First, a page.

Telling someone they’re overreacting is a form of gaslighting, as it questions their perception of reality and invalidates their emotions. It suggests that their reaction is unwarranted or excessive, which can make them feel dismissed or belittled.

Resist the urge to judge the intensity of someone’s reaction based on your own standards. Instead, try to understand where they’re coming from and validate their feelings.

Everyone experiences things differently. What may seem trivial to you might be significant to someone else. So let’s strive for empathy and understanding in our conversations, rather than judgement and dismissiveness.

Final thoughts: The power of words

The connection between language and our emotions is profound and powerful.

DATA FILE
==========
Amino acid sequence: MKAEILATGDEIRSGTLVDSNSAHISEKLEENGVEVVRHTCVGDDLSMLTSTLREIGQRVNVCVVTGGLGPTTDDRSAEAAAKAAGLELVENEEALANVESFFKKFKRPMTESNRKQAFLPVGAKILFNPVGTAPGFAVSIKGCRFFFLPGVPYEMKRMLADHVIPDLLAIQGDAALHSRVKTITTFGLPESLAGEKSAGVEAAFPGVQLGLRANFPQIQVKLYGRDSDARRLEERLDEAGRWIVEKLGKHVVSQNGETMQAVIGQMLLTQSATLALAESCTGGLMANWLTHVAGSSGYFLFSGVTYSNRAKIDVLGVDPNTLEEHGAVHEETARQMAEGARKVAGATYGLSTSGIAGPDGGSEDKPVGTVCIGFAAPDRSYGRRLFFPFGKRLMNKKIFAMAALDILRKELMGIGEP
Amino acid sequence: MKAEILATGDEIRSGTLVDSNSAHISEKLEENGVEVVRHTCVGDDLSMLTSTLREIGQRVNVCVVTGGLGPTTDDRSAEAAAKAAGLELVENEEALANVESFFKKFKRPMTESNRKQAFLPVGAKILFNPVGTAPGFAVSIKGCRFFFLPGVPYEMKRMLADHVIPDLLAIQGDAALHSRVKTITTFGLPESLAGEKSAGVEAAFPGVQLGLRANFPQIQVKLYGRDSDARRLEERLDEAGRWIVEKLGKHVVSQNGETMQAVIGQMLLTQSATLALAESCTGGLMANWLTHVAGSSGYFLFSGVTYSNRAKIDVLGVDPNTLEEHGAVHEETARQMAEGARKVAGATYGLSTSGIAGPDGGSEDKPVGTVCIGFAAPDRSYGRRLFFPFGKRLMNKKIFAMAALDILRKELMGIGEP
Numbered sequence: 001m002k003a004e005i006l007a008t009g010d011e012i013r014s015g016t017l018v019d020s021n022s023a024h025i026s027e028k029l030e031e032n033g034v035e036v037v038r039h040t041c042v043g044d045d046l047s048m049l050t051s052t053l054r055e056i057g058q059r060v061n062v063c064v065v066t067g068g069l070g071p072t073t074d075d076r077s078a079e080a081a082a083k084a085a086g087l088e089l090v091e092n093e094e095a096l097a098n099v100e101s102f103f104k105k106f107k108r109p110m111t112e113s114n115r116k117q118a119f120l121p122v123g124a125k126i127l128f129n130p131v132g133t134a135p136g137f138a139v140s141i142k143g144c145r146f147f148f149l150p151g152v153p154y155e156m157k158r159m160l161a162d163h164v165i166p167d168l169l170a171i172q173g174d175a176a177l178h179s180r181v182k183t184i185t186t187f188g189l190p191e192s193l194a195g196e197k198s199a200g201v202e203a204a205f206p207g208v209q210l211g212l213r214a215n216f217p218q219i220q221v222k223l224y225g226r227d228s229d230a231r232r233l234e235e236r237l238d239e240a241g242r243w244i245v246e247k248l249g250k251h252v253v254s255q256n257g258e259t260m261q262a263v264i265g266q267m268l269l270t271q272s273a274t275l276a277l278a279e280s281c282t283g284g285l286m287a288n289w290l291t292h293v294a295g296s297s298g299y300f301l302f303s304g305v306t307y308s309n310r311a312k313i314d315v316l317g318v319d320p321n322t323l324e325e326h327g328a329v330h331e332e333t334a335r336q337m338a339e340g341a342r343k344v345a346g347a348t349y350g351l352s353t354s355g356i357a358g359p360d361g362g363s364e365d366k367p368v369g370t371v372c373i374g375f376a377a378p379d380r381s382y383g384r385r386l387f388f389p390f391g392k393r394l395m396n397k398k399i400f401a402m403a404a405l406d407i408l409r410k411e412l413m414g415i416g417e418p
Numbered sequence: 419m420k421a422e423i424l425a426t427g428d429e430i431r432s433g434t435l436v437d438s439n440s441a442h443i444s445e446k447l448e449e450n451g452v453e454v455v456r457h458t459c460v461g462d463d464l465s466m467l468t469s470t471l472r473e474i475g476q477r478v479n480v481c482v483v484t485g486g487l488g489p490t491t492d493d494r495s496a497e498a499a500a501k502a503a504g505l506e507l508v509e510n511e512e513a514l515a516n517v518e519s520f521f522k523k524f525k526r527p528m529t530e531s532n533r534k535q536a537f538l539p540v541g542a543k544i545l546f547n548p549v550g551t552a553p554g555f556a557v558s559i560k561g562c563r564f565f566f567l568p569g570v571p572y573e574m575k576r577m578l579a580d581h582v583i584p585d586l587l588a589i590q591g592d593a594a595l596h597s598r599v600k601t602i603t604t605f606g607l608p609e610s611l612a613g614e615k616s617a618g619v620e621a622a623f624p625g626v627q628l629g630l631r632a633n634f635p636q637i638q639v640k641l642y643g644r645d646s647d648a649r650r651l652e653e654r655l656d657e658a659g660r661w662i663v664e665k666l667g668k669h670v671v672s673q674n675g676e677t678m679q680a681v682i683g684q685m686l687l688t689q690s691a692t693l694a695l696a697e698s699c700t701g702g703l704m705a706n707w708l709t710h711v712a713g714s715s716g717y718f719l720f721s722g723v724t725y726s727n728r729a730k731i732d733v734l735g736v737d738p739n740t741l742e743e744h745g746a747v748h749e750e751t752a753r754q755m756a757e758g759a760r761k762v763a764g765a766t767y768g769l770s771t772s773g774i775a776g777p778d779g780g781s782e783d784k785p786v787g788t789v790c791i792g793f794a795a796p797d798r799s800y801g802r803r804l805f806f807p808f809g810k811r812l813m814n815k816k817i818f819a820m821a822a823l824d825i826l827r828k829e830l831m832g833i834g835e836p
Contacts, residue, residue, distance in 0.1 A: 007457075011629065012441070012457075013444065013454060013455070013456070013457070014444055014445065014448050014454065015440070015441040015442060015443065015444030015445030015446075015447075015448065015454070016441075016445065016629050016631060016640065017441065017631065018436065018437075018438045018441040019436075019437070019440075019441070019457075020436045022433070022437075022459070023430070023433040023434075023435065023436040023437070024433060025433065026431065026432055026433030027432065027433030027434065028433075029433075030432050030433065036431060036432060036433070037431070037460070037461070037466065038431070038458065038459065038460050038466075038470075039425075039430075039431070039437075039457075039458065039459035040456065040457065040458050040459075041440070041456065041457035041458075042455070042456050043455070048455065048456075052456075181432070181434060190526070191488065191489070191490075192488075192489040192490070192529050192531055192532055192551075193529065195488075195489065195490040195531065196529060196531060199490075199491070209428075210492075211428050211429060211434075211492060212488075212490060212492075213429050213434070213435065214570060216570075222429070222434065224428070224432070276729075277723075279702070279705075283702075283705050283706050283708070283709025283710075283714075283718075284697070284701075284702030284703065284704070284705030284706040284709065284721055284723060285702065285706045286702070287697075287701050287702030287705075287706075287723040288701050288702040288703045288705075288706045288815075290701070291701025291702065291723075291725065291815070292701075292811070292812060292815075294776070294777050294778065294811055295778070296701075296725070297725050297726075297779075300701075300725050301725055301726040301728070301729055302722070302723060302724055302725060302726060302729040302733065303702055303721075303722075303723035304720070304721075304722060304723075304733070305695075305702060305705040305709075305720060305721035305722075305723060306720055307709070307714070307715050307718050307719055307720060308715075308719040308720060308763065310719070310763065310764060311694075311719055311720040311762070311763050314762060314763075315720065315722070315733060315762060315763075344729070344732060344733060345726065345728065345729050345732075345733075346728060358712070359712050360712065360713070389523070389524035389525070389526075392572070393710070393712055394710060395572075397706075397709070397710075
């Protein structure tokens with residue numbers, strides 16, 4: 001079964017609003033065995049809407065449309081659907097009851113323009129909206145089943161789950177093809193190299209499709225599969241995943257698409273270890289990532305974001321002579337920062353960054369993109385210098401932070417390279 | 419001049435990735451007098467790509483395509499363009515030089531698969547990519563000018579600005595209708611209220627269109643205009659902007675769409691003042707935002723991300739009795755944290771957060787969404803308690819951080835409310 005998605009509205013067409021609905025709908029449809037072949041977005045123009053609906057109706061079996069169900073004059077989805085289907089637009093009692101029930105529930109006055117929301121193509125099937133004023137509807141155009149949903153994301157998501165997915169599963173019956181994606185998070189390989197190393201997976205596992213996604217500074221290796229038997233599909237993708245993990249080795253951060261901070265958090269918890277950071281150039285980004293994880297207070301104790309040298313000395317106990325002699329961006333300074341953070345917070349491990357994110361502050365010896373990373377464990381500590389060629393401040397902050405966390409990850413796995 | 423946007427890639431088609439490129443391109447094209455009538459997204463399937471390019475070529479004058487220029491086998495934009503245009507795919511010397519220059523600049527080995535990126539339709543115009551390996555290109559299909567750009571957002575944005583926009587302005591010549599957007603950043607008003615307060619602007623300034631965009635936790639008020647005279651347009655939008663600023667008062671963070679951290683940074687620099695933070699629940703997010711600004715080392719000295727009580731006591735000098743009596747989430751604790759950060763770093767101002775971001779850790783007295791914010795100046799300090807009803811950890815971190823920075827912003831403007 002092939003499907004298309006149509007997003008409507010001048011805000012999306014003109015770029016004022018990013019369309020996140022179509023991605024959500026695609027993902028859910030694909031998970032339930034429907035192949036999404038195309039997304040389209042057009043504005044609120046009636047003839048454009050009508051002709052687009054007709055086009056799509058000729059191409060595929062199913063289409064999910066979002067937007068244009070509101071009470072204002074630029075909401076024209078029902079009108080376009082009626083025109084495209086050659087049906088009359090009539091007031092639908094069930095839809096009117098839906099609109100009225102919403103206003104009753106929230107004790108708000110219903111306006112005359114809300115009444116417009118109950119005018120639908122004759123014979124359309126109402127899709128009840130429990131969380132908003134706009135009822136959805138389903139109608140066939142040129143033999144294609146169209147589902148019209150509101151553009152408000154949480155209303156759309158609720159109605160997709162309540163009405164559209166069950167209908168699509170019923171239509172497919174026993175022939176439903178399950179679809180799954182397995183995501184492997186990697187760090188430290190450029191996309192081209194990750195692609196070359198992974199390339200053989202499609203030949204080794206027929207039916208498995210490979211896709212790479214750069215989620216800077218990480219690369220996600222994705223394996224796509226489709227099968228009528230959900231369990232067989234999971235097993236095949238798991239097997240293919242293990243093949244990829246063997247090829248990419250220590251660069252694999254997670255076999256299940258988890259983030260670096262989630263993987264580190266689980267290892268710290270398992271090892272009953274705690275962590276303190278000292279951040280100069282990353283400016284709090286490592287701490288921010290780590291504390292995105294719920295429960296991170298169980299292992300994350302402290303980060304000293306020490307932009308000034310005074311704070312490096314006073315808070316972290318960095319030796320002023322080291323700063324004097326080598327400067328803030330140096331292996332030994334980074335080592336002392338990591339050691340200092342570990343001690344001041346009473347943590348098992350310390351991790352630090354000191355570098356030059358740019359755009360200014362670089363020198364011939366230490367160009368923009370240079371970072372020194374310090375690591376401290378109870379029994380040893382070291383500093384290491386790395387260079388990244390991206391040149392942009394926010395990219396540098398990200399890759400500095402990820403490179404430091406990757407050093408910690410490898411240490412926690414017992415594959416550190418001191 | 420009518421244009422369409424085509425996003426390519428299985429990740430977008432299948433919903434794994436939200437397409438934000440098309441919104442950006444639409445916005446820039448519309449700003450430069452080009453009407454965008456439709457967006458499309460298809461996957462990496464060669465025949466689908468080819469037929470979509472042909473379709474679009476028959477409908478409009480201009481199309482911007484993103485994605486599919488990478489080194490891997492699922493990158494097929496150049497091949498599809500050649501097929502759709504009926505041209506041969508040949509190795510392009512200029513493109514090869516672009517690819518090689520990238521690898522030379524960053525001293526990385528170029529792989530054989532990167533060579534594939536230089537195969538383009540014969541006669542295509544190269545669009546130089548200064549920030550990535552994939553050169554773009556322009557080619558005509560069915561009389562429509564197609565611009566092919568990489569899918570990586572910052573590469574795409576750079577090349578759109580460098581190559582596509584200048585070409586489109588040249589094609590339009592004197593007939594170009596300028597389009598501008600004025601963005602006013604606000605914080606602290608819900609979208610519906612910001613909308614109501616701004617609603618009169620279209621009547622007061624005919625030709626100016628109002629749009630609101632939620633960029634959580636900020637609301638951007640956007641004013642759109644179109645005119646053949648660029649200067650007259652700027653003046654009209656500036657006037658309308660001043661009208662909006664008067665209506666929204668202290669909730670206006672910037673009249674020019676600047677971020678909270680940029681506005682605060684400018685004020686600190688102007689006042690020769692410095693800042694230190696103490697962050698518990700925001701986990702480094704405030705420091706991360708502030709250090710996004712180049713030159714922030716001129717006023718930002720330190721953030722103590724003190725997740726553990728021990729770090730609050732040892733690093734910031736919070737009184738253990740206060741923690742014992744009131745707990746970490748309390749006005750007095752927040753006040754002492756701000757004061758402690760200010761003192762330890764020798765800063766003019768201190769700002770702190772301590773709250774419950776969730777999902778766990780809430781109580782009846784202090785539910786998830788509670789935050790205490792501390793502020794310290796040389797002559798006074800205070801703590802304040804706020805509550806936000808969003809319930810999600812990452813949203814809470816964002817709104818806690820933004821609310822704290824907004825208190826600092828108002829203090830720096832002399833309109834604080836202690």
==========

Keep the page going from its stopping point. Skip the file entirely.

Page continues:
The phrases we casually throw around can have a significant impact on those around us, often without us even realizing it.

Remember, the goal of communication isn’t just to convey information, but to foster understanding and connection. Our words hold the potential to build bridges or create barriers; they can uplift someone or tear them down.

Each conversation is an opportunity to make someone feel seen, heard, and valued. So let’s strive to use our words wisely, showing kindness and respect in every interaction.

After all, as the old adage goes, “It’s not what you say, but how you say it.” Let’s make sure our “how” is as respectful and considerate as possible.

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Lachlan Brown

I’m Lachlan Brown, the founder, and editor of Hack Spirit. I love writing practical articles that help others live a mindful and better life. I have a graduate degree in Psychology and I’ve spent the last 15 years reading and studying all I can about human psychology and practical ways to hack our mindsets. Check out my latest book on the Hidden Secrets of Buddhism and How it Saved My Life. If you want to get in touch with me, hit me up on Facebook or Twitter.